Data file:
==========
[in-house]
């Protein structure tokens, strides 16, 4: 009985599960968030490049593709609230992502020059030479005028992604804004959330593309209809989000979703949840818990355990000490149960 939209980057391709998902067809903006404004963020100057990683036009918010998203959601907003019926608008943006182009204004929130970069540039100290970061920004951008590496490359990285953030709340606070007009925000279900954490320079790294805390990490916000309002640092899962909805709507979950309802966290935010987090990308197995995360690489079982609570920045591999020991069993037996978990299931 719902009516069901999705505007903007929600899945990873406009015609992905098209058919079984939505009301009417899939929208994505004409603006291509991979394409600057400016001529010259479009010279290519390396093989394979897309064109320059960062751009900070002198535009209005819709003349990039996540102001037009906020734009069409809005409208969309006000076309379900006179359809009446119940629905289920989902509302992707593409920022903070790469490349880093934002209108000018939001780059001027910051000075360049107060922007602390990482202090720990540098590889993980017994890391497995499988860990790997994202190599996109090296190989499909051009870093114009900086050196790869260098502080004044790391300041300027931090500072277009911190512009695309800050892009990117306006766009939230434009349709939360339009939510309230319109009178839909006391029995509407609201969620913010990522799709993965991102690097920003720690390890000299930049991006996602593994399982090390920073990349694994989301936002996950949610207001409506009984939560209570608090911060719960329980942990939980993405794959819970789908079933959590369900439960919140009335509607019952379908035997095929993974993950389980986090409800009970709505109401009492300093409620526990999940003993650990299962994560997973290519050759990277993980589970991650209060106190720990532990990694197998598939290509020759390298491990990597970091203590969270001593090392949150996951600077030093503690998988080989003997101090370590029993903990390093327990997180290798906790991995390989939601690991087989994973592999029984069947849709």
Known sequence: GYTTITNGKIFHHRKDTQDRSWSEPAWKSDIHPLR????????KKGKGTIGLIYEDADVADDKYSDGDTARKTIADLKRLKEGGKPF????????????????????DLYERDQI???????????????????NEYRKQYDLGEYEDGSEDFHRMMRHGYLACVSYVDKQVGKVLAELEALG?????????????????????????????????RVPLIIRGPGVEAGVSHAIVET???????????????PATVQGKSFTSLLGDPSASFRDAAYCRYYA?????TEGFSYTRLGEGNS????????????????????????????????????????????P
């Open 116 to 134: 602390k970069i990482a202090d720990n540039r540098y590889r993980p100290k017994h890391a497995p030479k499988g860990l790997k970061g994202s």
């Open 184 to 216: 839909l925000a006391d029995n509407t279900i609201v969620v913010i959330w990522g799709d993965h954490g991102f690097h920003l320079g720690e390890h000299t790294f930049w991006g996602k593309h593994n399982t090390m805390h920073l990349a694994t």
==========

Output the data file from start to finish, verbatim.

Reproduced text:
[in-house]
């Protein structure tokens, strides 16, 4: 009985599960968030490049593709609230992502020059030479005028992604804004959330593309209809989000979703949840818990355990000490149960 939209980057391709998902067809903006404004963020100057990683036009918010998203959601907003019926608008943006182009204004929130970069540039100290970061920004951008590496490359990285953030709340606070007009925000279900954490320079790294805390990490916000309002640092899962909805709507979950309802966290935010987090990308197995995360690489079982609570920045591999020991069993037996978990299931 719902009516069901999705505007903007929600899945990873406009015609992905098209058919079984939505009301009417899939929208994505004409603006291509991979394409600057400016001529010259479009010279290519390396093989394979897309064109320059960062751009900070002198535009209005819709003349990039996540102001037009906020734009069409809005409208969309006000076309379900006179359809009446119940629905289920989902509302992707593409920022903070790469490349880093934002209108000018939001780059001027910051000075360049107060922007602390990482202090720990540098590889993980017994890391497995499988860990790997994202190599996109090296190989499909051009870093114009900086050196790869260098502080004044790391300041300027931090500072277009911190512009695309800050892009990117306006766009939230434009349709939360339009939510309230319109009178839909006391029995509407609201969620913010990522799709993965991102690097920003720690390890000299930049991006996602593994399982090390920073990349694994989301936002996950949610207001409506009984939560209570608090911060719960329980942990939980993405794959819970789908079933959590369900439960919140009335509607019952379908035997095929993974993950389980986090409800009970709505109401009492300093409620526990999940003993650990299962994560997973290519050759990277993980589970991650209060106190720990532990990694197998598939290509020759390298491990990597970091203590969270001593090392949150996951600077030093503690998988080989003997101090370590029993903990390093327990997180290798906790991995390989939601690991087989994973592999029984069947849709």
Known sequence: GYTTITNGKIFHHRKDTQDRSWSEPAWKSDIHPLR????????KKGKGTIGLIYEDADVADDKYSDGDTARKTIADLKRLKEGGKPF????????????????????DLYERDQI???????????????????NEYRKQYDLGEYEDGSEDFHRMMRHGYLACVSYVDKQVGKVLAELEALG?????????????????????????????????RVPLIIRGPGVEAGVSHAIVET???????????????PATVQGKSFTSLLGDPSASFRDAAYCRYYA?????TEGFSYTRLGEGNS????????????????????????????????????????????P
């Open 116 to 134: 602390k970069i990482a202090d720990n540039r540098y590889r993980p100290k017994h890391a497995p030479k499988g860990l790997k970061g994202s």
């Open 184 to 216: 839909l925000a006391d029995n509407t279900i609201v969620v913010i959330w990522g799709d993965h954490g991102f690097h920003l320079g720690e390890h000299t790294f930049w991006g996602k593309h593994n399982t090390m805390h920073l990349a694994t």